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Climate change has affected more species than we can imagine, including the ones that literally go to our plates.
Since global pollution is making the ocean warmer (reducing the oxygen level and making it more acidic), the environment of the sea-caught animals has been changing and therefore their overall development. These changes are literally altering the ocean balance, which includes: where animals are found, what they eat, how they reproduce, and the way they survive. As everything forms a long-lasting cycle, the coastal communities and beyond the fishing industry have been critically affected.
For sure, some fish populations are more affected than others. However, changes need to be done to ensure a proper feed for all human beings in the near future. Below we will share with you the seafood species we think are the most impacted by climate change:
Shrimps are one of the edible species highly caught in the United States water, along the West Coast and from the Gulf of Main to the Gulf of Mexico. According to investigations, shrimps are especially sensitive to water temperature changes and ocean acidification. The year 2012 has given us a bad precedent in that regard, because of the collapse of the Atlantic population of northern shrimps due to a marine heat crisis. Warmer water also brings another type of predator - as longfin inshore squid - to shrimp habitat that has been a potential shrimp killer and is increasing the level of mortality.
Some scientists have forecast the disappearance of about 70% of pink shrimp colonies by the end of the century, due to massive warm waters and the injections of freshwater coming from the Mississippi River floods.
There are many tuna species that can be eaten, however, the most common one is the albacore (also called white tuna) because it is widely commercialized in small cans.
The United States counts 3 albacore spots: the North Atlantic, the South Pacific, and the North Atlantic. However, most of the tuna captured is from North Pacific stock. That specific colony is experiencing a dramatic migration each year due to the warmer waters. Changes in tuna distribution and habitats could inflict severe effects on fishery activities, threatening our food security.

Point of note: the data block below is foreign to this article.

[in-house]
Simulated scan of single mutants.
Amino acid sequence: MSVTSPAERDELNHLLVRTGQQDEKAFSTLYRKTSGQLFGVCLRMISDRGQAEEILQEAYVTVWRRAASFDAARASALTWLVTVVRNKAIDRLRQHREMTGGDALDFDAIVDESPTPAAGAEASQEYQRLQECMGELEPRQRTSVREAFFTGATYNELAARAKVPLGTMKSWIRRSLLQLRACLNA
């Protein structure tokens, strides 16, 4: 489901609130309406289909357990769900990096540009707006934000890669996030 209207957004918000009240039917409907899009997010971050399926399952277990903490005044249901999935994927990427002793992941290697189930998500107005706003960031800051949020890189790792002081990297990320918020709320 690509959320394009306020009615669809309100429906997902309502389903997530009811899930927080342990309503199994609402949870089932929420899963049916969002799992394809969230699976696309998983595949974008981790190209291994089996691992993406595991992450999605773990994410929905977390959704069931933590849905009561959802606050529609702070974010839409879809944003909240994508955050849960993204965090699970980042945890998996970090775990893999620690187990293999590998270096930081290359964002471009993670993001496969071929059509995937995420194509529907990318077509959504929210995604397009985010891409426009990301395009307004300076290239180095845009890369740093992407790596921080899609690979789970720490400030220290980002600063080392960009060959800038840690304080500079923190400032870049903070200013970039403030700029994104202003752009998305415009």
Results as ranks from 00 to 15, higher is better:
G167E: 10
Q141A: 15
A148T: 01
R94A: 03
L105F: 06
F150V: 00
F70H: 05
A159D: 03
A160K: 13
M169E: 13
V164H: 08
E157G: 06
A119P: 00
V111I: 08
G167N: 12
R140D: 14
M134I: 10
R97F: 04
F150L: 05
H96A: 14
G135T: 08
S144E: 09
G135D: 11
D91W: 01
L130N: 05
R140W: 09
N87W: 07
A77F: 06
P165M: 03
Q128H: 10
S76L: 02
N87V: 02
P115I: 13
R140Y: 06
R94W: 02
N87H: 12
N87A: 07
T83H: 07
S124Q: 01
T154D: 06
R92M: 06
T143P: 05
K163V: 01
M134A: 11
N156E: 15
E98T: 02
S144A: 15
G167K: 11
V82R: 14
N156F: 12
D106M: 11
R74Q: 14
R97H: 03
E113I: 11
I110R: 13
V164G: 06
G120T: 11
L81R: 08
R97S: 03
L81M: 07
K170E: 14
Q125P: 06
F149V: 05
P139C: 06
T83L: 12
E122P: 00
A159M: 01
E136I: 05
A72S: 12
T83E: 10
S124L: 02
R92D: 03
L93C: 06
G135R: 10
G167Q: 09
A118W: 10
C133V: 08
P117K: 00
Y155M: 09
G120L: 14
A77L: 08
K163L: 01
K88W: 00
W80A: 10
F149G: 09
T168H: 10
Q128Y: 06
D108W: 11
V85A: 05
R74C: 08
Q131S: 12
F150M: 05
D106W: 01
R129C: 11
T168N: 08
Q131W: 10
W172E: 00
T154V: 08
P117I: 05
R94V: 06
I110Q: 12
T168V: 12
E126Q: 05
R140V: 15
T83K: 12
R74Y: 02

This common flatfish is the one we use to eat when we approach a beach to have some chill, and it is so common to see in the everyday life. The most edible types of flounder are the summer flounder and the winter flounder, and they commonly live on the seafloor.
As their names reflect, summer flounder arrive in the coastal areas in the summer; and winter flounder may be found in coastal waters during spring and winter stations. However, investigations have shown that between both of them, winter flounder is strongly vulnerable to water temperature fluctuation.
Both types of flatfish have switched their communities to the north in recent decades, and that unusual change is related to warming reasons. In the future, the challenge will be to oversee where will be the new location of the colonies and if their reproduction is sufficient to be consumed.
Also called Gadus, is one of the three specimens belonging to the Gadidae family. They tend to live in colder waters, which can make them very sensitive to warmers.
Cod has been harvested since old times and now it is a food security supply and also a cultural distinguish element. One species of cod found from Alaska to Southern California (the Pacific cod) is highly sensitive to changes in temperate and it is causing severe impacts in the community from the Gulf of Alaska. In fact, a study noted that from the year 2014 to 2016 their quantity decreased a 70%, and the direct fishing activities to catching them were finally closed in the year 2020. Marine temperates also have effects on cod egg incubation, which slow reproduction and reduce the availability of food.
Young Pacific Salmons live their lives in the ocean before the time when they get sexual maturity. Then, they got back to their natal river to put their eggs. During that process, they are affected by multiple factors such as pollution, habitat impacts, bycatch, and dams, causing distortion in the success of the population. Salmon is deeply connected with forest health and supports indigenous subsistence, commercial, and entertainment fishing activities. It is also an important food in the diet of mammals and other marine animals.
More interesting articles:
- New York Harbor’s Oysters
- Fish crimes in the global oceans
- Red Knot Shorebird and the biodiversity
- 10 of the Largest Living Sea Creatures
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